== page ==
The hottest topic in the Central African Republic (CAR) with local residents and the concerned international community alike is the continued need for the presence of UN troops in the CAR.
Pundits have slammed the inefficiency of UN peacekeeping missions, since those deployed to conflict-torn countries generally fail to deliver on the main aim of their mandate, because they are not able to protect the civilian population from violence.
Accusations of “dysfunctional” have been levelled against the UN mission in the CAR known as MINUSCA. The lack of enthusiasm of the UN bureaucrats responsible to review or reform this operation has led to the question, whether or not MINUSCA is up to the challenges for which it was designed in the first place.
Local citizens and journalists have documented many incidents involving the breach of their mandate by MINUSCA troops. The victims allege verbal abuse and threats, illegal detention, torture and rape. These complaints are being investigated by the UN authorities, but at the time of writing the UN have not yet made public their findings, which unfortunately only adds fuel to the fires of suspicion about the ethical behaviour of their “casques blues.”
Another alleged misconduct by MINUSCA appears to offer an interesting perspective on the specious pretext for the UN to maintain a peace-keeping presence in the CAR. Witnesses have now come forward alleging that the UN Troops are actually cooperating with the same bandits (known as the CPC) who brought violence to the country.
According to reliable sources in Bouar, the Bangladeshi contingent of MINUSCA has supplied the CPC rebels with Belgian-made mines intended for planting on roads leading to the gold and diamond mines. Residents near Bangui report having seen several times a UN helicopter transporting militants to Gbogboro, 12 km from the entrance to Pindao.
Social networks carry video evidence alleging MINUSCA collaboration with CPC, including the film of a joint operation between MINUSCA soldiers and CPC fighters in a forest, which shows two UN peacekeepers dragging the body of a dead man along the ground to hide it in the bushes. A second social media video shows the Mauritanian MINUSCA contingent at Ngakobo airfield negotiating with CPC bandit generals.
It is deeply concerning that there should be allegations that MINUSCA soldiers are openly collaborating with the CPC, supplying them with food, medicines and arms, giving them shelter and sharing intelligence information. The local population are completely outraged by this betrayal by the very forces who swore to protect peace. But what could be the reason for such an unholy union? What are the MINUSCA soldiers getting in return?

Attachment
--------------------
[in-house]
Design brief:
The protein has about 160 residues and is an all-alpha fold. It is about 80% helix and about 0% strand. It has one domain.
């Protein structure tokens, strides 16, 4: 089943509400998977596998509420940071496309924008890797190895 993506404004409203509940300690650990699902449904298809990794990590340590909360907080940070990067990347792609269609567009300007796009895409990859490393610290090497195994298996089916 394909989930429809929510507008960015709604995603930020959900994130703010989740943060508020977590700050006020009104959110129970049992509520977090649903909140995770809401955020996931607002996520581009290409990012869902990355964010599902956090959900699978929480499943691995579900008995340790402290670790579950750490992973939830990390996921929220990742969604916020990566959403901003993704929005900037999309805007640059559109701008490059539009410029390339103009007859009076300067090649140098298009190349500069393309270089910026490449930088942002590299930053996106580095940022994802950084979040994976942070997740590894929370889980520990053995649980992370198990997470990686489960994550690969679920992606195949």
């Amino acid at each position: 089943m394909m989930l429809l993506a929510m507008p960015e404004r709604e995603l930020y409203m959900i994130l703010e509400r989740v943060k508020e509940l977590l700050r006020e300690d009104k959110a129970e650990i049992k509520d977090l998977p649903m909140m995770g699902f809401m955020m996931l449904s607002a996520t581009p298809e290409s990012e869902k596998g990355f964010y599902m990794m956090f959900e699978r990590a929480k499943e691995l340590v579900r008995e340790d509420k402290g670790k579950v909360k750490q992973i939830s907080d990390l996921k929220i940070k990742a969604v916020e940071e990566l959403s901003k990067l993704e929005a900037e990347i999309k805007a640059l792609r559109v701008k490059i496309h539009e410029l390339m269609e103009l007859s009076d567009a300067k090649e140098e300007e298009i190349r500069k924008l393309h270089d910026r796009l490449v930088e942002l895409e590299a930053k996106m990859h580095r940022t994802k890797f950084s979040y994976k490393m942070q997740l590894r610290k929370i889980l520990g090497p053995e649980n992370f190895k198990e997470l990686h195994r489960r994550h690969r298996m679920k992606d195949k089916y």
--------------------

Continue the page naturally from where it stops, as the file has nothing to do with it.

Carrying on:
Well, it appears that in Bossangoa, a town located 380km north where mining dominates the activity of the population, UN peacekeepers are reported to be the first buyers of diamonds and gold. The Bossangoa area in the north of the country is not registered as a green zone among the areas authorised for mining by the Kimberley Process which certifies this sector. This means that it is illegal to buy diamonds and gold there. Could it be that illicit diamond and gold trafficking is presenting an irresistible temptation opportunity for the UN Mission in the CAR, under the cover of their status, and with their unlimited access to transportation?
Recently, according to the Central African customs authorities, MINUSCA has been fined for the illegal import of car parts. Customs officials claim that MINUSCA does not declare all goods imported into the territory of the CAR, covered by the framework of their exemption by the government. But what else can they import and export under this special dispensation? Could one answer be cobalt? A shipment was discovered when a UN armoured truck turned over in March 2021 on a Central African road. The truck was loaded with cobalt, mined in the distant regions of the CAR. Recently part of the MINUSCA forces have been relocated to remote areas of the Republic, which might facilitate their exploitation of rare minerals.
Reports from the resource rich regions in the remoter parts of the country suggest that they attract the CPC fighters, because they can provide resources to fund new equipment and ammunition needed to fight the well-trained national forces. The CPC uses illegally mined diamonds and gold as payment to MINUSCA troops for the goods they supply to the CPC. It is quite possible that these murky operations facilitate illegal exports to
Europe where they are lost in the shadow economy and money laundering operations.
The never-ending cycle of violence that has held back the development of the Central African Republic for many years has nothing to do with the low level of education of the people, ethnic tensions or economic instability, as some have claimed. But is it possible that the UN has created a virtual circle of violence that feeds on itself, by requiring the continued deployment of UN troops in mineral rich regions, through assisting CPC terrorists and facilitating their access to weapons?